The eggs also appear to have been playing host to fungi—“the first evidence of fungal contamination of dinosaur eggs.” Though Kundrát compares this finding to the present-day common occurrence of non-lethal fungal contamination of bird eggs, there is no reason to assume this happened only in birds or creatures destined to evolve into them.

Although evolutionists assume the geologic column represents the order of evolving life, in light of biblical history we understand the geologic column as a timeline of catastrophic burials, mostly during the year of the global Flood. Thus, this dinosaur and her eggs succumbed to a load of waterborne sediment about 4,300 years ago. It is therefore not surprising to find similar dinosaurs in several layers since they lived—not evolved—at the same time. It is likewise no surprise to find that fungi fossilized in the Cretaceous rock apparently behaved and looked just like fungi does today. And while the characteristics of eggs and skeletons can help paleontologists classify various kinds of dinosaurs and varieties within those created kinds, there is no evidence that any kind of creatures evolved into other kinds, such as birds. Whatever the relationship of the eggs to the dino-mom, it is clear both mom and eggs were catastrophically buried, whether just before or soon after the eggs were laid, so as to all be so well preserved.

For more information:

And Don’t Miss . . .

  • The Johnson Observatory, named after the telescope designer and builder Lyle Johnson, was recently dedicated at the Creation Museum. Johnson’s daughter, Barbara Johnson Perry, was on hand for the ribbon cutting to celebrate the opening of the new observatory which houses several high-quality telescopes, including the unique 16-inch reflector Johnsonian telescope. Answers in Genesis president Ken Ham said, “Because our planetarium programs inside our museum have attracted one-million guests since opening in 2007, having an observatory with excellent telescopes is a wonderful addition that will enhance the museum experience for our visitors. We look forward to continuing the legacy of Lyle Johnson by using his telescope to tell others about God's glory and His gospel message.” Johnson, a Christian and a creationist, developed the Johnsonian telescope, which was used by NASA to search for dangerous gases on the moon prior to the manned moon missions. Johnson’s telescope is housed in the museum’s new observatory, a constant reminder that belief in the Genesis account of Creation is not incompatible with being a “real” scientist. Following in the footsteps of scientists like Johnson, PhD astronomer Danny Faulkner, currently a professor at the University of South Carolina (Lancaster), will soon be joining the full-time staff of the Research Department at Answers in Genesis. Guests will be benefit from Dr. Faulkner’s expertise as he oversees not only the Creation Museum’s planetarium but also “Stargazer’s” programs at the new observatory. The programs will help participants understand astronomy from a biblical perspective and see that “the heavens declare the glory of God” (Psalm 19:1).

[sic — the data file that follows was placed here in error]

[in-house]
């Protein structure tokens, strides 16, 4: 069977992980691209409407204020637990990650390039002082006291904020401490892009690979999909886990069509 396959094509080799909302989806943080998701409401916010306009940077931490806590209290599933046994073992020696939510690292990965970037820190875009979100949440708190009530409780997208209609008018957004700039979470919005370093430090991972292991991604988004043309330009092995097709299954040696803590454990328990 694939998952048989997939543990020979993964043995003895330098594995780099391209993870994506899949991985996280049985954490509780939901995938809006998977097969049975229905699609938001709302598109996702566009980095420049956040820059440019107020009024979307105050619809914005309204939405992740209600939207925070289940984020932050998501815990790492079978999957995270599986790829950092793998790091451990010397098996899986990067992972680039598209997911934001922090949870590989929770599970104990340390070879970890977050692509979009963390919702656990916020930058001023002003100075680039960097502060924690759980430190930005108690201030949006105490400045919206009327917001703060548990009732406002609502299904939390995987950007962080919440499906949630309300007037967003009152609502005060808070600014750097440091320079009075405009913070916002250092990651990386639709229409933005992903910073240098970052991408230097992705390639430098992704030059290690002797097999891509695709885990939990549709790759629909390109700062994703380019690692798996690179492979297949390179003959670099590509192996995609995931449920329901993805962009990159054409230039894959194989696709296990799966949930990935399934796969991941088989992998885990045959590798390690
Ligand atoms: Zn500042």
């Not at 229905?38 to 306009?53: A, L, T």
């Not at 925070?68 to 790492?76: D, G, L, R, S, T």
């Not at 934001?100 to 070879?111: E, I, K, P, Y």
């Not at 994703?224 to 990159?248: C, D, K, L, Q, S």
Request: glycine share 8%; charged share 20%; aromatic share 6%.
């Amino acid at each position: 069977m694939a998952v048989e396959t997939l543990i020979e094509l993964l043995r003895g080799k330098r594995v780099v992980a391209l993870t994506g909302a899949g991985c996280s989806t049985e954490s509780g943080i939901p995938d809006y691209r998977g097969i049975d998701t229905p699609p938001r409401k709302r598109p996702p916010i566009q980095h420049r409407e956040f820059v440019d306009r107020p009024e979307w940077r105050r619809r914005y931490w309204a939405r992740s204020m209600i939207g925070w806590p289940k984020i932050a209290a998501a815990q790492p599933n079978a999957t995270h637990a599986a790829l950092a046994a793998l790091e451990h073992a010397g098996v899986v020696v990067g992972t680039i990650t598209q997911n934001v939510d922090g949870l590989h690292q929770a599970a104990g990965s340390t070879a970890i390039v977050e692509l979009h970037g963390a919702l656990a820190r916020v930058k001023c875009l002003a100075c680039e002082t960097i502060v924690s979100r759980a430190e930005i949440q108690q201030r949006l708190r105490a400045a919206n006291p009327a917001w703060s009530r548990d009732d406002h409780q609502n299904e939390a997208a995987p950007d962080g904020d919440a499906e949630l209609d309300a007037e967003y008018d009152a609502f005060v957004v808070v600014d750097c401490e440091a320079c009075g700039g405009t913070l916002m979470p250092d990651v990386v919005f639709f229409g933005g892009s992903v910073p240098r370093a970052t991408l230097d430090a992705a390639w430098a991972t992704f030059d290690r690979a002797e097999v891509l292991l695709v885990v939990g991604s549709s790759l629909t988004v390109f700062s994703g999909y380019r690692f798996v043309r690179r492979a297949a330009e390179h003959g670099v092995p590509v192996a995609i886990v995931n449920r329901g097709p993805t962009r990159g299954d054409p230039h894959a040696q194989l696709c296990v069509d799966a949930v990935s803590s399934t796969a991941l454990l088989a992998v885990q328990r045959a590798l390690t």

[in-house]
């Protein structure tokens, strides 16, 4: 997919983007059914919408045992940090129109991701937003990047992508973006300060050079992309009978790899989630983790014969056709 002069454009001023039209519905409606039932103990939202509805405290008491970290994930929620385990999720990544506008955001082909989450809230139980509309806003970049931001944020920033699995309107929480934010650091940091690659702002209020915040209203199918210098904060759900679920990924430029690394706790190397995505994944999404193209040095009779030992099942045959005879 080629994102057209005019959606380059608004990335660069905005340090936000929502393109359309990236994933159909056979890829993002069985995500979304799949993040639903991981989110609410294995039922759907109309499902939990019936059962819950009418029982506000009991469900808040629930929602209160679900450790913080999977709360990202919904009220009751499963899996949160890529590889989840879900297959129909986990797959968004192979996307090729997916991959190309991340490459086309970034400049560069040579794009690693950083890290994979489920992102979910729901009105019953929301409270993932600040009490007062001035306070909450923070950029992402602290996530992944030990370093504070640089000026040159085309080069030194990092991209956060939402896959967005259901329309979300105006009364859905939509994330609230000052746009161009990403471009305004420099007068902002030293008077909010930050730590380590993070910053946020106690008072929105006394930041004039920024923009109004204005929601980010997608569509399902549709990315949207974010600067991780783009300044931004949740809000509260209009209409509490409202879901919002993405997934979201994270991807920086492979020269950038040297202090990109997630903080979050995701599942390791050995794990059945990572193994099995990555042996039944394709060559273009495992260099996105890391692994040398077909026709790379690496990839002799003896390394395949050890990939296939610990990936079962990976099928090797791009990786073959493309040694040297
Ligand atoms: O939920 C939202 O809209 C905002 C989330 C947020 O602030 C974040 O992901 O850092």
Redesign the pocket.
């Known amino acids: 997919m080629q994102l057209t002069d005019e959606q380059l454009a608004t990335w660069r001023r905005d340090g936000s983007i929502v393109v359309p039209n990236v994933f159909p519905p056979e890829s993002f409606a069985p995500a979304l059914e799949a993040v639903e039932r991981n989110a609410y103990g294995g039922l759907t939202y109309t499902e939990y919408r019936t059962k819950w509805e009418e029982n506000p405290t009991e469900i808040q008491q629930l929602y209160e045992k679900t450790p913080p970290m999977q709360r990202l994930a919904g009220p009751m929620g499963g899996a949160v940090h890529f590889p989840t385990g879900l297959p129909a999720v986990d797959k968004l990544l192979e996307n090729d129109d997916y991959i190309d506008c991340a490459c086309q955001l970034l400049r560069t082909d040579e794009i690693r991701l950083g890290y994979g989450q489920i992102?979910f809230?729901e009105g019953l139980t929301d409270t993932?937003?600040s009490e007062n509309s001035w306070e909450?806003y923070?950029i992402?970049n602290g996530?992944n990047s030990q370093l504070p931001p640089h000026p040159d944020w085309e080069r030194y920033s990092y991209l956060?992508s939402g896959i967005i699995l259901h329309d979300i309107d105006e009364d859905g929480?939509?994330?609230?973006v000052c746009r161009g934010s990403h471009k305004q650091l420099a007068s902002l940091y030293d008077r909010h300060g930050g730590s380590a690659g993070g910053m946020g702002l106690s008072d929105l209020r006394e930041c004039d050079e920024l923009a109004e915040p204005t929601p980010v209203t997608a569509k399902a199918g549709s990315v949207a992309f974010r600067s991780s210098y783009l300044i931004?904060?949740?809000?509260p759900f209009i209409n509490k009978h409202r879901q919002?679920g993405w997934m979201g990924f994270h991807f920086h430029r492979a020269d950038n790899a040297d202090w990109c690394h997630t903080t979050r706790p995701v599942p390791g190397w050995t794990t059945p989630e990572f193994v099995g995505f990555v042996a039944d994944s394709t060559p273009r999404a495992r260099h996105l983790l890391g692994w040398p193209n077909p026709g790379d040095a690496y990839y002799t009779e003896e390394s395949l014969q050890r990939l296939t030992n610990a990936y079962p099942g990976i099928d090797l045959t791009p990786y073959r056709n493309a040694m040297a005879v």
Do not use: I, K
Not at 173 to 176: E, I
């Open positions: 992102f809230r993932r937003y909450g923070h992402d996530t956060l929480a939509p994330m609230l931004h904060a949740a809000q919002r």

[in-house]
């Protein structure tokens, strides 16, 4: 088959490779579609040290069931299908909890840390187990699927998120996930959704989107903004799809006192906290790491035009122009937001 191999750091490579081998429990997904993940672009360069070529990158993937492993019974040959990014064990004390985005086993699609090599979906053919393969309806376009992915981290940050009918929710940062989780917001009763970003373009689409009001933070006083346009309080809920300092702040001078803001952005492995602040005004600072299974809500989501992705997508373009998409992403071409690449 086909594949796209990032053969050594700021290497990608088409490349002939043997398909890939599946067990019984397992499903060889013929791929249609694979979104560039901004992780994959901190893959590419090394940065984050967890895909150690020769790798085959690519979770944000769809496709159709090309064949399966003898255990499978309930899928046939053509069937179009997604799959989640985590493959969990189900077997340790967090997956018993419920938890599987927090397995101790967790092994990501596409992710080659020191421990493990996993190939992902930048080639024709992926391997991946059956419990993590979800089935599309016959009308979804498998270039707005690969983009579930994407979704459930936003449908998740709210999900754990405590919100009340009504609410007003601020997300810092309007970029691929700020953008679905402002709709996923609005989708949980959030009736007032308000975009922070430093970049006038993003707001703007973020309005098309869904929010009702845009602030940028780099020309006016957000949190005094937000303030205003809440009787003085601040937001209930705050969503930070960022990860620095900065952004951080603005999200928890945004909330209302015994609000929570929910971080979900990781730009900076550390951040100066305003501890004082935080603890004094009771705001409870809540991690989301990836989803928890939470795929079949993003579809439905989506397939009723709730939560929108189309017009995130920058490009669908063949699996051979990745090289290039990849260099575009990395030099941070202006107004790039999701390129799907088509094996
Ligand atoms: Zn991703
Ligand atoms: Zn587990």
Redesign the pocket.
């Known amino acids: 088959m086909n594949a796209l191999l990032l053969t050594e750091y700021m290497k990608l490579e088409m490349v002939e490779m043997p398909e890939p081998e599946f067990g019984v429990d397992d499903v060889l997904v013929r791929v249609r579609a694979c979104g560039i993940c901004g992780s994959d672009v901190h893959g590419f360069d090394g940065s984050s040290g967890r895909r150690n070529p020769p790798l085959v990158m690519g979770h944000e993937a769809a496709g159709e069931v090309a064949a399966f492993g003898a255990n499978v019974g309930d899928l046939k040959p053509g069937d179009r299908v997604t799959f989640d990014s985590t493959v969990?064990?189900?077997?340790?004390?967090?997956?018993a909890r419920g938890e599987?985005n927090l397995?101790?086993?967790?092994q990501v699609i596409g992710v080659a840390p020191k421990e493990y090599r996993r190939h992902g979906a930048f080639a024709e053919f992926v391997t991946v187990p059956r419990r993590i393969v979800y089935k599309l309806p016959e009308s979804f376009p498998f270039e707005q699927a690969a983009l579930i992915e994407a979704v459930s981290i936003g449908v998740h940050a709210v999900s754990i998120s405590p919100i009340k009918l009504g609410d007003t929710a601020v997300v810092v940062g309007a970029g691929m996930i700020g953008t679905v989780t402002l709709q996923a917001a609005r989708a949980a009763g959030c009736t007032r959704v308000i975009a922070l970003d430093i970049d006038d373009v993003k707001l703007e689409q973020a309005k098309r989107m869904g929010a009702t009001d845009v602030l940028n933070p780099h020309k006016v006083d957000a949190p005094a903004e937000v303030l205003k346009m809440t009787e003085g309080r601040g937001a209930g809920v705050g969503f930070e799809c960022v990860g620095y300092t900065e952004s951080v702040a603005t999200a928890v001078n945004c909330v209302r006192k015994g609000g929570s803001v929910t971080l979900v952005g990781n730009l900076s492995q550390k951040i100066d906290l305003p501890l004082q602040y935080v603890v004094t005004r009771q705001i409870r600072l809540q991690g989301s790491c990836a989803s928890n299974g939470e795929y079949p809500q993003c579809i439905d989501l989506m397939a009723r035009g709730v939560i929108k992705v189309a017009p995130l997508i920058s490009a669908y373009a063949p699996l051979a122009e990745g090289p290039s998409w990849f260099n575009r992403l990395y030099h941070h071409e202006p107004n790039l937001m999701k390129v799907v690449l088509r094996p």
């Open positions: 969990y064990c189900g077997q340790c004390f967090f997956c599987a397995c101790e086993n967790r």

• The godless delusion,” an opinion piece in Australia’s National Times, though written by a writer who makes it clear he does not believe in God, ably demonstrates the absurdity of the New Atheist position that seeks to demonize Christianity. The writer points out that the freedom of thought so precious to atheists (and everyone else) sprang from a Christian heritage. He points out that Thomas Jefferson’s “separation” phraseology summarizing the United States government’s constitutional position prohibiting the establishment of an official government-mandated religion was built on 1,500 years of Christian theology and philosophy. Even atheists as prominent as Richard Dawkins err on this. Those who try to revise Christianity out of its legitimate and honored place in history are guilty of their own self-delusion.
  • An eighth grade science teacher in Wake County, North Carolina, has been censured for allowing students the option of gathering evidence for evolution or creationism. The project, a paper or poster for extra-credit, was optional and allowed students the opportunity to learn more by independently gathering evidence for either position. During the recent debate about Tennessee’s new law allowing teachers to teach about the scientific weaknesses of controversial topics such as the evolutionary origins of life, many opponents to the bill claimed the law was not needed as teachers already had the freedom to teach about the scientific controversies—but then they hastened to deny any controversy exists. This teacher, without the protection afforded by a law like Tennessee’s or a similar law in place in Louisiana since 2008, was evidently encouraging his students to seek out scientific evidence for the position they wished to investigate, surely a worthy educational goal. Answers in Genesis molecular geneticist Dr. Georgia Purdom, quoted in the NewsObserver of Raleigh, said, “I think students should be allowed to learn about evolution but also to learn about the weaknesses of it.” Read more about ways teachers can legally help their students develop the critical thinking skills to assess scientific evidence used in support of popular positions, the ACLU’s actual statement about what is permissible, and the guidelines that have been successful in Louisiana’s schools in News to Note, March 31, 2012 and The Teacher Protection Academic Freedom Act.

For more information: Get Answers